The music itself - direct, spirited and incredibly universal - resonates with a beating heart and comfort that Zavada fully comprehends, understands and releases with sensibility, strongness and passion. That said, there is also a sense of humor in the songs which Zavada and company unleash most engagingly along with Sweet's intentional angst, bite, sarcasm, cheerfulness and romantic obsession. Here, nothing gets lost in the translation. Nothing is pumped up or thrown in. Nothing is out of place or repetitive. Instead, the music of "Girlfriend" unfolds naturally and unobtrusively. Musically, Zavada knows exactly what he wants, how to shape and mold things, when to pause and take a breath, how to get his cast of two pumped up and excited over the material at hand and how to heighten certain vocals with brilliantly timed harmonizing from both his two, charismatic leading men and select members of his exceptional orchestral team.
The two-act musical stars CJ Pawlikowski as Mike and David Merino as Will.
As befitting a work of this nature, both actors are fluent in the musical nature of the piece, its message, its characters, its story and its embracement of the gay lifestyle. Taking their cue from the gay characters in "Fun Home," they too play it as it is, simply reveling in the moment, enjoying their exploration of self-discovery and never once pushing for effect. What matters here are the hearts and minds of the characters, their beliefs and how things come together before the final fadeout. It's as simple as that. The duo also share an on-stage chemistry and vibe that's very natural and very, very believable.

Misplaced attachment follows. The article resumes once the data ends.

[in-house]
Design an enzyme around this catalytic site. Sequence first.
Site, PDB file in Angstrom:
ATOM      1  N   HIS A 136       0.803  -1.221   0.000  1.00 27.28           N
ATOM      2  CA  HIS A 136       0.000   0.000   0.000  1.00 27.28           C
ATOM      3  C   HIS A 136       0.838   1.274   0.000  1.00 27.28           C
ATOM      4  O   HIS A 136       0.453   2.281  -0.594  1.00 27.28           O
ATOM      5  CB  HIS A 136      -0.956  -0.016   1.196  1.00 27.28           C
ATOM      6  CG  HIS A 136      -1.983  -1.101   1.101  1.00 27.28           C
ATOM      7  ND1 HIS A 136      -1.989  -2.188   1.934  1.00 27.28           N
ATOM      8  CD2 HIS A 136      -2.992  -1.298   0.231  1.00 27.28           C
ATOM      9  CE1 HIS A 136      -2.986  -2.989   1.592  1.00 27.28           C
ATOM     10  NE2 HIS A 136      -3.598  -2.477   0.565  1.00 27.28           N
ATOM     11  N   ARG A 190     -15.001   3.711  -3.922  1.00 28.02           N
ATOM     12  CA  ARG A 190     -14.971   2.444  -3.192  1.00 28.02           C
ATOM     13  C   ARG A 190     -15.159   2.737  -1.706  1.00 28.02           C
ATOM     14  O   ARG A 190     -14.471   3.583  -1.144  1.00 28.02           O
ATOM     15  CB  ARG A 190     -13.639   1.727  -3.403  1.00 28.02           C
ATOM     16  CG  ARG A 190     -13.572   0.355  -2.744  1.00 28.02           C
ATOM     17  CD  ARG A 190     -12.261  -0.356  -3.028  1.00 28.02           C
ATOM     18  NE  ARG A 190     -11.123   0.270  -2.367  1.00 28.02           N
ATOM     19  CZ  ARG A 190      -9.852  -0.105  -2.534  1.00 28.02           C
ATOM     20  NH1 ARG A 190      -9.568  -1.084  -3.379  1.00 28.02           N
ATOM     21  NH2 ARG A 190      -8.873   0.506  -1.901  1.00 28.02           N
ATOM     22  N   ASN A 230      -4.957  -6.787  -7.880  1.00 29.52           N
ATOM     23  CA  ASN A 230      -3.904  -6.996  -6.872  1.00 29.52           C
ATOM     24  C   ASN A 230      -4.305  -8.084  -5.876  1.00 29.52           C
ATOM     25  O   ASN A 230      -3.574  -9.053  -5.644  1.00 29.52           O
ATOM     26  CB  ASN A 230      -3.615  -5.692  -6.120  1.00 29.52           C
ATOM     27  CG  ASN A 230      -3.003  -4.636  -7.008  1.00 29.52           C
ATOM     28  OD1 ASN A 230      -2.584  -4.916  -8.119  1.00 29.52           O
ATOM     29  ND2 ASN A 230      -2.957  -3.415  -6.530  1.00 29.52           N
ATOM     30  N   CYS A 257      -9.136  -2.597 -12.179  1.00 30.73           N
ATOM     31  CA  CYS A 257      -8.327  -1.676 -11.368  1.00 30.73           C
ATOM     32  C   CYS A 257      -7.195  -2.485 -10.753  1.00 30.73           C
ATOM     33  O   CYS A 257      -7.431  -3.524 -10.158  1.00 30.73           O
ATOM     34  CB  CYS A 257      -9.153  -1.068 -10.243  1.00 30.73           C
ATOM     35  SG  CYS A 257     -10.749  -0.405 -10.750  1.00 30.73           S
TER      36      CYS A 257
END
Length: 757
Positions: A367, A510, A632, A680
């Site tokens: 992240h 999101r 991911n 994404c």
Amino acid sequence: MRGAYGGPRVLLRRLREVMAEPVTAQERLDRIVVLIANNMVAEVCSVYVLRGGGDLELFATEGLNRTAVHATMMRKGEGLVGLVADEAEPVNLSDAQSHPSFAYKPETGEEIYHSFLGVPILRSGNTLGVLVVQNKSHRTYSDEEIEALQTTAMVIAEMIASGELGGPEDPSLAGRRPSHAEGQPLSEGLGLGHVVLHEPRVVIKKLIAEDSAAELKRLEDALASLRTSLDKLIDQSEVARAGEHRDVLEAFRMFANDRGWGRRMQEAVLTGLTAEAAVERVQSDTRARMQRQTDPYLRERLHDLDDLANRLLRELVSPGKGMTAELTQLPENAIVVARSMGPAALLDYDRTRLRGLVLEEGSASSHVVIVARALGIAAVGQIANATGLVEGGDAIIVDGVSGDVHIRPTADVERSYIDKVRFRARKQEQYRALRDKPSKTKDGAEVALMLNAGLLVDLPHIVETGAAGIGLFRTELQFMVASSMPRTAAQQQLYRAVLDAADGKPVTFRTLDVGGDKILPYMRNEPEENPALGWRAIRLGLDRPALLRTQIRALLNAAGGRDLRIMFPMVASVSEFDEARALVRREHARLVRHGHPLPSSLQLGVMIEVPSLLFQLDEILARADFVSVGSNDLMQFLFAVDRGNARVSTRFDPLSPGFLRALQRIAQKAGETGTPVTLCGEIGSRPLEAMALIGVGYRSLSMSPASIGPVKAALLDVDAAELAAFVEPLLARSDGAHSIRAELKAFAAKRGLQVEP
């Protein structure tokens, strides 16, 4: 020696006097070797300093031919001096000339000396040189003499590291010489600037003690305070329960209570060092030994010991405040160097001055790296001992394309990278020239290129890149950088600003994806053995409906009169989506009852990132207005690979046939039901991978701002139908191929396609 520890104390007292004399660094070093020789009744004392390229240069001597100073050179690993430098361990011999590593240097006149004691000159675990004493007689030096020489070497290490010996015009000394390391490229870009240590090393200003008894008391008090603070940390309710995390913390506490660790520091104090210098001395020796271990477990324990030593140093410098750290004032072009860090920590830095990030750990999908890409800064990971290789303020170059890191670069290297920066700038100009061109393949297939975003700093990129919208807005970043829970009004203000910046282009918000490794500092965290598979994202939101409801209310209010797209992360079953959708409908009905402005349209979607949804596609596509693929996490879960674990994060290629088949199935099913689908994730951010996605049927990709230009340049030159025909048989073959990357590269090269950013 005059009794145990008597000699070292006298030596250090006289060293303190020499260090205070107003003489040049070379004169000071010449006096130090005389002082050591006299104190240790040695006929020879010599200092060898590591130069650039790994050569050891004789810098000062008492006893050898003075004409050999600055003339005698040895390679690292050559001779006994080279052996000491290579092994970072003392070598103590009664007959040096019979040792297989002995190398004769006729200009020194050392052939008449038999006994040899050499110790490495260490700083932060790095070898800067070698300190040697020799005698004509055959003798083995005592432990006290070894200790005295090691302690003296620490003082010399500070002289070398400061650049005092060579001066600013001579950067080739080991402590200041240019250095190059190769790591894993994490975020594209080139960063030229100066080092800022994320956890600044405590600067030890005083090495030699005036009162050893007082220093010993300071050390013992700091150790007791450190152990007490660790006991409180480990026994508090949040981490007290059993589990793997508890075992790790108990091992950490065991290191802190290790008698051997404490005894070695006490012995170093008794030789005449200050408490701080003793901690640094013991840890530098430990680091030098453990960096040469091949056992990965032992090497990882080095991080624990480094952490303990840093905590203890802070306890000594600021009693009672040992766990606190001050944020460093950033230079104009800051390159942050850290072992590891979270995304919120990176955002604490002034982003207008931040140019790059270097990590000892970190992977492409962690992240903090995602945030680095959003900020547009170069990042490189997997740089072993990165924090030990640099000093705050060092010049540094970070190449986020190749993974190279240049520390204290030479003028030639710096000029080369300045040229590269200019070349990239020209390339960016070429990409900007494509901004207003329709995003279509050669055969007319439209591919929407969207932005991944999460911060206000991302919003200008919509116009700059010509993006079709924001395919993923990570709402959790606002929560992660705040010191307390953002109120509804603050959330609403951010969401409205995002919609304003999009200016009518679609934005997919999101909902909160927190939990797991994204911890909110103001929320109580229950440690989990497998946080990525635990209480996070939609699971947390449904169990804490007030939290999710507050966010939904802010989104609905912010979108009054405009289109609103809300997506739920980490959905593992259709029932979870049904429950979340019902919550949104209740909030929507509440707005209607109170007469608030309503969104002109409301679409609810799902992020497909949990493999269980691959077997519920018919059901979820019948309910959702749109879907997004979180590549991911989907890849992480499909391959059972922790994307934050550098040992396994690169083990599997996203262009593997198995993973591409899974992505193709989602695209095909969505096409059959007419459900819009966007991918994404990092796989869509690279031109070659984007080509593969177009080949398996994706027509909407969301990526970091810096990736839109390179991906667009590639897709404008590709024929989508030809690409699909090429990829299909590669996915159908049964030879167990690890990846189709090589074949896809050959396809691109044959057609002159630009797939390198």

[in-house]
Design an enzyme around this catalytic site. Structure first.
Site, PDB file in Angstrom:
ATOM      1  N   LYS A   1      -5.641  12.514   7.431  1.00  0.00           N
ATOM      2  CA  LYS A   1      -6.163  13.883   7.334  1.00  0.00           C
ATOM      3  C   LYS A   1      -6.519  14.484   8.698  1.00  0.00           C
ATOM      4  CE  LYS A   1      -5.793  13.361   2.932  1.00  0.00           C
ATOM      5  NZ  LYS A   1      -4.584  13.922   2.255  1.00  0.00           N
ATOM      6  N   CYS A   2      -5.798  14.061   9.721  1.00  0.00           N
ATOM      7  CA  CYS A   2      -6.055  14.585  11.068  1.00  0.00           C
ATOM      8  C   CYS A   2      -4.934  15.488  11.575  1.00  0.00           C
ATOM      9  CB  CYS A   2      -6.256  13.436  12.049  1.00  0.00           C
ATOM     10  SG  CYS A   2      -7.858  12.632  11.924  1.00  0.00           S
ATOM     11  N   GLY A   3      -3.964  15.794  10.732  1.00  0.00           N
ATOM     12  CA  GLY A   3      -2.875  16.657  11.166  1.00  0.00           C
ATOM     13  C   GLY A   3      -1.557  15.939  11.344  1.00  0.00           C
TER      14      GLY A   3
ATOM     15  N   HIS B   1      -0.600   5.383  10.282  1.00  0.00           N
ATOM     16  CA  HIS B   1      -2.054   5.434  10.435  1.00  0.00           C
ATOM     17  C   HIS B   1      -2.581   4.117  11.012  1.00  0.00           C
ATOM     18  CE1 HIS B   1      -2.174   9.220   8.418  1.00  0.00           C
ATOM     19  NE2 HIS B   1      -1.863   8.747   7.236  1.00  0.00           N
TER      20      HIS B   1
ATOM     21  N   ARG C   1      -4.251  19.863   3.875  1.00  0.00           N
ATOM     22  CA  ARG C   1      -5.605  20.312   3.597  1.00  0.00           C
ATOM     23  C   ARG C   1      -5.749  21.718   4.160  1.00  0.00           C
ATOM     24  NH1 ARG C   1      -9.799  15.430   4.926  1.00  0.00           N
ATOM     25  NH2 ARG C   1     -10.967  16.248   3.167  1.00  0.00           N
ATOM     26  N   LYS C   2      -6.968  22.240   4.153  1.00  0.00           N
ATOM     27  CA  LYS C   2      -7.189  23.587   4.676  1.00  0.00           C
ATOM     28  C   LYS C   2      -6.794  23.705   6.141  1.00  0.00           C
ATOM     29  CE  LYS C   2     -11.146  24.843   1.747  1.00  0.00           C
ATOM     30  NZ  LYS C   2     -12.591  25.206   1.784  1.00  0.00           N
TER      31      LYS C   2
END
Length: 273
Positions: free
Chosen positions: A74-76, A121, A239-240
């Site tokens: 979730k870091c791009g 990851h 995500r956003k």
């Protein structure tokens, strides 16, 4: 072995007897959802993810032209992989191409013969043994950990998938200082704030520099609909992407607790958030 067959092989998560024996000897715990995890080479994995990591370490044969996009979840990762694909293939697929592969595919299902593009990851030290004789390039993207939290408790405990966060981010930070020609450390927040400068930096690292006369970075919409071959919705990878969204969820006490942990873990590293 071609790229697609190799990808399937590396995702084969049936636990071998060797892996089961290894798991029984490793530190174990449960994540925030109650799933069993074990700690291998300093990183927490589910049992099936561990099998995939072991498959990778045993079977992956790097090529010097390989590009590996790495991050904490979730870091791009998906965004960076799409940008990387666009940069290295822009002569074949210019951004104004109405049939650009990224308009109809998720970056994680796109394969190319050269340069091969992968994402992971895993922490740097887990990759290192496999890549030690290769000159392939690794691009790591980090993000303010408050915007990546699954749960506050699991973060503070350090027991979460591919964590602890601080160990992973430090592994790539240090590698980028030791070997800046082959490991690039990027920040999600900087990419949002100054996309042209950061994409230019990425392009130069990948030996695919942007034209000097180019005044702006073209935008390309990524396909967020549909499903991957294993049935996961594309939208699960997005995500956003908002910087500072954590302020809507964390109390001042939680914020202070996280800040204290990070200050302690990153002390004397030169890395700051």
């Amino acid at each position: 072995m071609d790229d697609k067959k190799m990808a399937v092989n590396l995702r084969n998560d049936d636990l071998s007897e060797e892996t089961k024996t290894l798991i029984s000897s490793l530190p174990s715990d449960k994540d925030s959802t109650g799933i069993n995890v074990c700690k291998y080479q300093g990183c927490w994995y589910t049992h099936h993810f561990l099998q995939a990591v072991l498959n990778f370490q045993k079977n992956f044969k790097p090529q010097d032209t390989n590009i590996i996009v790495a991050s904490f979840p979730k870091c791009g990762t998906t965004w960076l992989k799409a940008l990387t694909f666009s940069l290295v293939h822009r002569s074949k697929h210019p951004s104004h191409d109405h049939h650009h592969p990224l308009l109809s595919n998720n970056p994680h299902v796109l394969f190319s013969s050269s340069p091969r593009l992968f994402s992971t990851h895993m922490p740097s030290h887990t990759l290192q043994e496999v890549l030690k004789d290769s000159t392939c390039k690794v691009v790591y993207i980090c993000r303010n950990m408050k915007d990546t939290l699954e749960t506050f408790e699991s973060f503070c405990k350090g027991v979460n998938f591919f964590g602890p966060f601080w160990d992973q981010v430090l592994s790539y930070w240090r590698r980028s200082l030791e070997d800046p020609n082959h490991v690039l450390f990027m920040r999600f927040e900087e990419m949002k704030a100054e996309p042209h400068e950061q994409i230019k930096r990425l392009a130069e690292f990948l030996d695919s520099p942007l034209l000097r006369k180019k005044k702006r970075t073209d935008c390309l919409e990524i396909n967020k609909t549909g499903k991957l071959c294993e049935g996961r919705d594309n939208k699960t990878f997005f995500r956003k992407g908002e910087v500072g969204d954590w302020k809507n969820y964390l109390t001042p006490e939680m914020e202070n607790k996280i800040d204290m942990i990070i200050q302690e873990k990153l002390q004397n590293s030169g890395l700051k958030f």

Pawlikowski's portrayal of Mike is sharp, focused, sensitive and energetic. He's a handsome prince of sorts. But underneath, we feel his pain and insecurity as he struggles with feelings he doesn't quite understand until he befriends Will and eventually ends up becoming his boyfriend and lover. Vocally, he's a powerhouse of sorts with a rich, clear voice that embraces Sweet's strong and tenderhearted vocals, its lyrical message and its celebration of all things romantic. There's also a simmering sexiness to his song craft offset by a melodic, note-perfect delivery of warmth, good cheer and a one-on-one vocal showmanship between actor and audience.
Last seen as Angel in the national touring edition of Jonathan Larson's "Rent," Merino richly inhabits the character of Will, the young, openly gay high school senior who pretty much rockets to the moon once he romantically connects with the ever-dreamy Mike. Here, as in "Rent," the actor takes hold of a character, makes it his own and runs with it every step of the way. His attraction to Mike is naturally conveyed and believably executed as their relationship is played out, both musically and dramatically.
Vocally, he too is blessed with strong melodic skills that allow him to engagingly connect to Sweet's music, his songs and their intended meaning.
"Girlfriend" is a vibrant, intimate, sweet-natured musical portrait of two gay men who find love following high school graduation. Under Rob Ruggiero's solid, endearing direction, it comes alive with the right passion and conviction that feels utterly real and revelatory. Matthew Sweet's pop-tinged musical score serves the material well with its playful, lyrical weight of love and loss. The performances are nicely telegraphed by the tremendously talented duo of CJ Pawlikowski and David Merino. And the love story that plays out over the course of 85 minutes is touching, well told and timely. So much so, it's impossible not to be moved.
Love is love - gay, straight, whatever. And "Girlfriend" celebrates that feeling with unhinged, heartwarming romanticism.
"Girlfriend" is being staged at TheaterWorks at the Wadsworth (600 Main St., Hartford, CT), now through April 28.
For tickets for more information, call (860) 527-7838
Note: "Girlfriend" is the first of three productions to be staged at the Wadsworth Antheneum while the Pearl Street location of TheaterWorks is being renovated)